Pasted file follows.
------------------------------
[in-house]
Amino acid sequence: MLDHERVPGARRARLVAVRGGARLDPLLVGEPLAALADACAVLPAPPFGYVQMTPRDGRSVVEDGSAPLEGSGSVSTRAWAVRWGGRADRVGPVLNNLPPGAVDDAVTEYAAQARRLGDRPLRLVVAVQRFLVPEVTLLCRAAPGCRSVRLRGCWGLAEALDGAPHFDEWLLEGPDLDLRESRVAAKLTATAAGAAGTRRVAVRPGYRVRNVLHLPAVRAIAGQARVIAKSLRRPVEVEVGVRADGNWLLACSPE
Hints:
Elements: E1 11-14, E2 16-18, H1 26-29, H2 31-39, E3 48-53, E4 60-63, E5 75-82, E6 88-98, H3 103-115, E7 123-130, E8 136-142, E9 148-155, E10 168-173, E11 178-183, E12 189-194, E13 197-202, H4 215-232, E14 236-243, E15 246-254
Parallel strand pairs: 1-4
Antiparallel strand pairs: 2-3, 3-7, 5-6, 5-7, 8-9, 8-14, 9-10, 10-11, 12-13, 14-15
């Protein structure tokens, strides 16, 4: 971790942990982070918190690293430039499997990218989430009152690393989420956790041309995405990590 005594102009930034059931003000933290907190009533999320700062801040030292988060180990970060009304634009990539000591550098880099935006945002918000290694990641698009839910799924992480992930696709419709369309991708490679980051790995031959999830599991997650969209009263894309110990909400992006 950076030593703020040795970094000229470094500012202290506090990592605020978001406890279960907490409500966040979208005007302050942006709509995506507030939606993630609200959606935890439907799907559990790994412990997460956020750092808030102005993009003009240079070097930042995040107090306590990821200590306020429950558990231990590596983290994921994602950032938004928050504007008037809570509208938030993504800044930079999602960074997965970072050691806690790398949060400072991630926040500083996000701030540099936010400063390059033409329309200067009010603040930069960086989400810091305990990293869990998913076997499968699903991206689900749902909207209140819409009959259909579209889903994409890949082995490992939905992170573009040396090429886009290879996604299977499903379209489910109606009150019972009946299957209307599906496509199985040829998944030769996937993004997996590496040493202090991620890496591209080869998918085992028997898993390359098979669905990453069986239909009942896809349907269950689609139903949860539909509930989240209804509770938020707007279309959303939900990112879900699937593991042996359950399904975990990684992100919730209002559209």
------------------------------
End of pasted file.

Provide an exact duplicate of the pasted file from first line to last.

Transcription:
[in-house]
Amino acid sequence: MLDHERVPGARRARLVAVRGGARLDPLLVGEPLAALADACAVLPAPPFGYVQMTPRDGRSVVEDGSAPLEGSGSVSTRAWAVRWGGRADRVGPVLNNLPPGAVDDAVTEYAAQARRLGDRPLRLVVAVQRFLVPEVTLLCRAAPGCRSVRLRGCWGLAEALDGAPHFDEWLLEGPDLDLRESRVAAKLTATAAGAAGTRRVAVRPGYRVRNVLHLPAVRAIAGQARVIAKSLRRPVEVEVGVRADGNWLLACSPE
Hints:
Elements: E1 11-14, E2 16-18, H1 26-29, H2 31-39, E3 48-53, E4 60-63, E5 75-82, E6 88-98, H3 103-115, E7 123-130, E8 136-142, E9 148-155, E10 168-173, E11 178-183, E12 189-194, E13 197-202, H4 215-232, E14 236-243, E15 246-254
Parallel strand pairs: 1-4
Antiparallel strand pairs: 2-3, 3-7, 5-6, 5-7, 8-9, 8-14, 9-10, 10-11, 12-13, 14-15
């Protein structure tokens, strides 16, 4: 971790942990982070918190690293430039499997990218989430009152690393989420956790041309995405990590 005594102009930034059931003000933290907190009533999320700062801040030292988060180990970060009304634009990539000591550098880099935006945002918000290694990641698009839910799924992480992930696709419709369309991708490679980051790995031959999830599991997650969209009263894309110990909400992006 950076030593703020040795970094000229470094500012202290506090990592605020978001406890279960907490409500966040979208005007302050942006709509995506507030939606993630609200959606935890439907799907559990790994412990997460956020750092808030102005993009003009240079070097930042995040107090306590990821200590306020429950558990231990590596983290994921994602950032938004928050504007008037809570509208938030993504800044930079999602960074997965970072050691806690790398949060400072991630926040500083996000701030540099936010400063390059033409329309200067009010603040930069960086989400810091305990990293869990998913076997499968699903991206689900749902909207209140819409009959259909579209889903994409890949082995490992939905992170573009040396090429886009290879996604299977499903379209489910109606009150019972009946299957209307599906496509199985040829998944030769996937993004997996590496040493202090991620890496591209080869998918085992028997898993390359098979669905990453069986239909009942896809349907269950689609139903949860539909509930989240209804509770938020707007279309959303939900990112879900699937593991042996359950399904975990990684992100919730209002559209």